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Topic: Cu(II) co-ordinate complexes with halide ligands  (Read 3476 times)

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Offline zeoblade

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Cu(II) co-ordinate complexes with halide ligands
« on: March 06, 2010, 12:48:53 AM »
When I dissolved NaCl in CuSO4 solution, the solution changed from bright blue to a slight green tinge and then back to bright blue after adding excess water

I'm thinking that water ligands bite Cu to make [Cu(OH2)4]2+(aq) in a square planar arrangement and the sulphate oxygen atoms are biting the remaining sites. So when I dissolve NaCl, the Cl anions displaced the water ligands causing a colour change to a green tinge. [CuCl4]2-(aq) has a yellow colour and combined with the blue [Cu(OH2)4]2+ will turn the solution a greenish tinge. Is this wrong to say?

So when excess water is added, the Cl anions are solvated by water preventing them from biting Cu(II) so that [Cu(OH2)4]2+ will reform?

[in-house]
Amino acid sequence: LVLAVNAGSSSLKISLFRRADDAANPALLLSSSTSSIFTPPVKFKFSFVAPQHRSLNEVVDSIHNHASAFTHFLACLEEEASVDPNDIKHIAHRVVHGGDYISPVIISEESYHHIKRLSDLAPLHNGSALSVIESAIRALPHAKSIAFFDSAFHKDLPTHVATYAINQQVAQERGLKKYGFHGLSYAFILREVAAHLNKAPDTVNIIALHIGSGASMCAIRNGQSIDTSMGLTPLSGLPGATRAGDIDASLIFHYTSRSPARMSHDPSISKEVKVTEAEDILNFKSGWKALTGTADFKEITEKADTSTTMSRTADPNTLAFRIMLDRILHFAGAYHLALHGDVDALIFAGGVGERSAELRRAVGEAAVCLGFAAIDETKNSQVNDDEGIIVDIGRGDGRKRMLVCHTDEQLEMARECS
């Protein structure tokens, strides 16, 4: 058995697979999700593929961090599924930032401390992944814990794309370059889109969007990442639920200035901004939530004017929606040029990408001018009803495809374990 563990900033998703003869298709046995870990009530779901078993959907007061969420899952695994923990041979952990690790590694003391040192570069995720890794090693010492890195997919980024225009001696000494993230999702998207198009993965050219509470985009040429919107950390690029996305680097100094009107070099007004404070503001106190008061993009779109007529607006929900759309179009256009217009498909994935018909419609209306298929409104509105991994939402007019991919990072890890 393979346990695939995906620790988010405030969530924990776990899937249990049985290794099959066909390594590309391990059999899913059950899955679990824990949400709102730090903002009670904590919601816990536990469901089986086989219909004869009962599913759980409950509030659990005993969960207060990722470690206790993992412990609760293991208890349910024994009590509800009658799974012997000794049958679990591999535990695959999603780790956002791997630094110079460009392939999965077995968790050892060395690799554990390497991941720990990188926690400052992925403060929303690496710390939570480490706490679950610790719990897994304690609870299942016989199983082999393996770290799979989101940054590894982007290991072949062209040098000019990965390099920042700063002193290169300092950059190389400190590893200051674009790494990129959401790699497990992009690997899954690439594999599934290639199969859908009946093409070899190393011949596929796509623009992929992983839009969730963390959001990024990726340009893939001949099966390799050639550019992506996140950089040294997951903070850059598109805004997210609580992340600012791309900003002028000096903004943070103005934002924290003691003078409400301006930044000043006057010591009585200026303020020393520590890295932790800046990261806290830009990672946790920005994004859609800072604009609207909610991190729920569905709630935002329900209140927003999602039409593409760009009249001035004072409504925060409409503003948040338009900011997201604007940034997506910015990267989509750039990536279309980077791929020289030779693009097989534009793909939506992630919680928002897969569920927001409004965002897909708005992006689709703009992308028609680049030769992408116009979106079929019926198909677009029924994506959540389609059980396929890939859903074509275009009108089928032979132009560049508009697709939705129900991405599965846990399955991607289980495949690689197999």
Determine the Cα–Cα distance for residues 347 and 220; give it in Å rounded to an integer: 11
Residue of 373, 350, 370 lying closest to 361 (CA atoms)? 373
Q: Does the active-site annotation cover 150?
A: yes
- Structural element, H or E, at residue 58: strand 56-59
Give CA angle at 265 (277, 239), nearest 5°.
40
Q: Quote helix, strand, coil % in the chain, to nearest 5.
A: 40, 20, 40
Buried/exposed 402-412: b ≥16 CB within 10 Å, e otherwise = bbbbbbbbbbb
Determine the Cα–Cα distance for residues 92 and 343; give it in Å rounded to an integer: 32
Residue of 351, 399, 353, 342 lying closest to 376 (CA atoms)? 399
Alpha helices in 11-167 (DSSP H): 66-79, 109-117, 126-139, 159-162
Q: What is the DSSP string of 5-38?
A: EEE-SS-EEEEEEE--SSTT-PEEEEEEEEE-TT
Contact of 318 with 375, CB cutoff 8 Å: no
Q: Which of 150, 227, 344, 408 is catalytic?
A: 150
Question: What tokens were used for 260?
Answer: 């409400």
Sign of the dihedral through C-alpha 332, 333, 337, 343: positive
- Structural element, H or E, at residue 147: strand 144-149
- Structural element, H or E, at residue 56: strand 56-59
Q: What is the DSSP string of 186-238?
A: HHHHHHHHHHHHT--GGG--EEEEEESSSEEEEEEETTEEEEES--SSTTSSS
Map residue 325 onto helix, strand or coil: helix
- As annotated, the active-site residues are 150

When I use KBr, the solution became bright green and returned to bright blue after excess water addition

What is the difference between KBr and NaCl that would cause such a difference in colour of the copper co-ordinate complex? I feel the Br anions are displacing the water ligands as Cl anions displaced water ligands but why the difference in colour? I always assumed that the transition metal was the one responsible for the colour but in this case my assumption proved wrong. Is it the larger electron shell of Br and lower electronegativity that would make the Cu-Br bond longer and cause the difference in colour?

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